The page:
Cover

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Title Page

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Copyright Page

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Table of Contents

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p. vii

List of Illustrations

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p. ix

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Acknowledgments

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pp. xi-xii

This book could not have been written without the support of family, friends, colleagues, and institutions. I am particularly thankful for the support from my friends and colleagues in the English department and Center for Writing Studies at the...

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Introduction

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pp. 1-13

Field guides are enchanting, visual texts. With brilliant illustrations, careful design, and terse scientific descriptions, field guides help answer a fundamental question: What am I looking at? With the help of a field guide, an unknown tree can become a Sugar Maple...

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Chapter 1. Field Guides and the New Hobby of Birdwatching

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pp. 14-50

In the 1880s and ’90s, someone interested in reading about the birds of New England would have been able to cobble together an array of resources and learn a good deal. There were two comprehensive ornithological manuals in print at the time: Elliot...

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Chapter 2. Nuisance Birds, Field Guides, and Environmental Management

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pp. 51-82

The Bald Eagle is currently known as a patriotic symbol within the United States, but the bird was once despised for its work habits and killed by the thousands as a bounty bird in Alaska. Crows still have a bad reputation. Today they are hunted with few regulations across North America even as research shows...

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Chapter 3. Picturing Birds in Altered Landscapes

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pp. 83-104

The main purpose of field guides is to help birdwatchers identify birds. As I have been arguing all along, though, these books have always done much more than that. The authors of the first birdwatching field guides used extended narratives to create new...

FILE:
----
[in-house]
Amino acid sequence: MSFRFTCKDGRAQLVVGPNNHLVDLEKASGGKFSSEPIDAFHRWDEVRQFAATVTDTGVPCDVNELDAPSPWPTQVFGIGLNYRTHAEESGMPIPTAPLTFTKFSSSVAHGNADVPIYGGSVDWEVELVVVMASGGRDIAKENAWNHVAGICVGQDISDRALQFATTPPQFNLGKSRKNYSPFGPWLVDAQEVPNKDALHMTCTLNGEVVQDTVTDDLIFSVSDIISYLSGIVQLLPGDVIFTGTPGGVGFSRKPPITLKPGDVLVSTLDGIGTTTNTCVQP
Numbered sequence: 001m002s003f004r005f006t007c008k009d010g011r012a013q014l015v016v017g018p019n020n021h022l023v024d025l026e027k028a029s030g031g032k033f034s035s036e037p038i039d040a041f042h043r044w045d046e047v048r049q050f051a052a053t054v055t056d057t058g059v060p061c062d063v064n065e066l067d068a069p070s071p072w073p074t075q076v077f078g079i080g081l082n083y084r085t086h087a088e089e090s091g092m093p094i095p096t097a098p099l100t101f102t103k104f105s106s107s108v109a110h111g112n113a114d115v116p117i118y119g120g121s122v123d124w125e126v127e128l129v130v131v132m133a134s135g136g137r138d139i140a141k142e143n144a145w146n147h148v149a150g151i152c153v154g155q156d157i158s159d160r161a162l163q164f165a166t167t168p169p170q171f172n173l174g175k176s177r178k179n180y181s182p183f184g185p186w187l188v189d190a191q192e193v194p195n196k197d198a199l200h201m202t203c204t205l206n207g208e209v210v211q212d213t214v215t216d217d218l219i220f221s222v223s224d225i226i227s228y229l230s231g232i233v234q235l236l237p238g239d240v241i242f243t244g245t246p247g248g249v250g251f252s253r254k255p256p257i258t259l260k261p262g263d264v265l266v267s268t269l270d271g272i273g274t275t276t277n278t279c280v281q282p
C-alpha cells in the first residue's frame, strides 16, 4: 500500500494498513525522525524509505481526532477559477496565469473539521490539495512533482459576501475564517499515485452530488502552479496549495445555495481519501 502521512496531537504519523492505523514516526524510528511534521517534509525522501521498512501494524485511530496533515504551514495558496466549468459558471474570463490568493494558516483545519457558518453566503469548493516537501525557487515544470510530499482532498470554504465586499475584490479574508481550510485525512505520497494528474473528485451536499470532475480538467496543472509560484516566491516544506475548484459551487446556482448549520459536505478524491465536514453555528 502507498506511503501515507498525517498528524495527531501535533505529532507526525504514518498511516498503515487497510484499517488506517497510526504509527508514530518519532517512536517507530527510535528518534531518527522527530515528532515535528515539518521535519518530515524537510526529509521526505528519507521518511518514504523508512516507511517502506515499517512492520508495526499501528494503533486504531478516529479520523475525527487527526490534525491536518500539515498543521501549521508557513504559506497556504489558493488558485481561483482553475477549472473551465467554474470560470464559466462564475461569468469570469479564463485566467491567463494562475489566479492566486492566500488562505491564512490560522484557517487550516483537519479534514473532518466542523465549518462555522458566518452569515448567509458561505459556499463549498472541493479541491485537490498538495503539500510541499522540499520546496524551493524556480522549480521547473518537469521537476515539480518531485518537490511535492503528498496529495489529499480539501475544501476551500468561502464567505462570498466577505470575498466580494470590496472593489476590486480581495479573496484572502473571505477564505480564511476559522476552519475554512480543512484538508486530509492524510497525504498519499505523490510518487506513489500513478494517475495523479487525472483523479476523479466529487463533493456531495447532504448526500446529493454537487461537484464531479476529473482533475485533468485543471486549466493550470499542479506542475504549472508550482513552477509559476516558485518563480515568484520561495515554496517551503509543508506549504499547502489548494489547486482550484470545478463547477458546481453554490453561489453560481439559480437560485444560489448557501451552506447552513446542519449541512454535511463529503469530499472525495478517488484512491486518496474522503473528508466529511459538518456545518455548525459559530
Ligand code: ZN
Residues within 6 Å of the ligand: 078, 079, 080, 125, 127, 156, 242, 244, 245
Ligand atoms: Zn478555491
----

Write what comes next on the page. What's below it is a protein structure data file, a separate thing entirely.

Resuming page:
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Chapter 4. Technojumping into Electronic Field Guides

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pp. 105-124

Thus far, I have made the case that field guides are based on a range of environmental assumptions with environmental implications. Field guides, though, are changing. Birdwatchers can now buy field-guide applications for personal digital assistants...

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Chapter 5. Birding on Toxic Land

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pp. 125-150

Some of the natural areas where birders watch birds are toxic. The competitive birding event called the World Series of Birding, North America’s most publicized big-day birding event, takes place in New Jersey, the state with the highest density and number of EPA Superfund sites in the...

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Conclusion: The Birdwatchers of the Montlake Landfill

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pp. 151-164

In 2003 and 2004, I spent a sequence of Sundays at Seattle’s Montlake Landfill—the covered-over landscape described in chapter 5—in an effort to observe and talk with birdwatchers there. I have said a lot in this book about birdwatchers, their politics, and their attitudes; this field work was my attempt to study them in...

Notes

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pp. 165-173

Works Cited

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pp. 175-189

Index

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pp. 191-201

Back Cover

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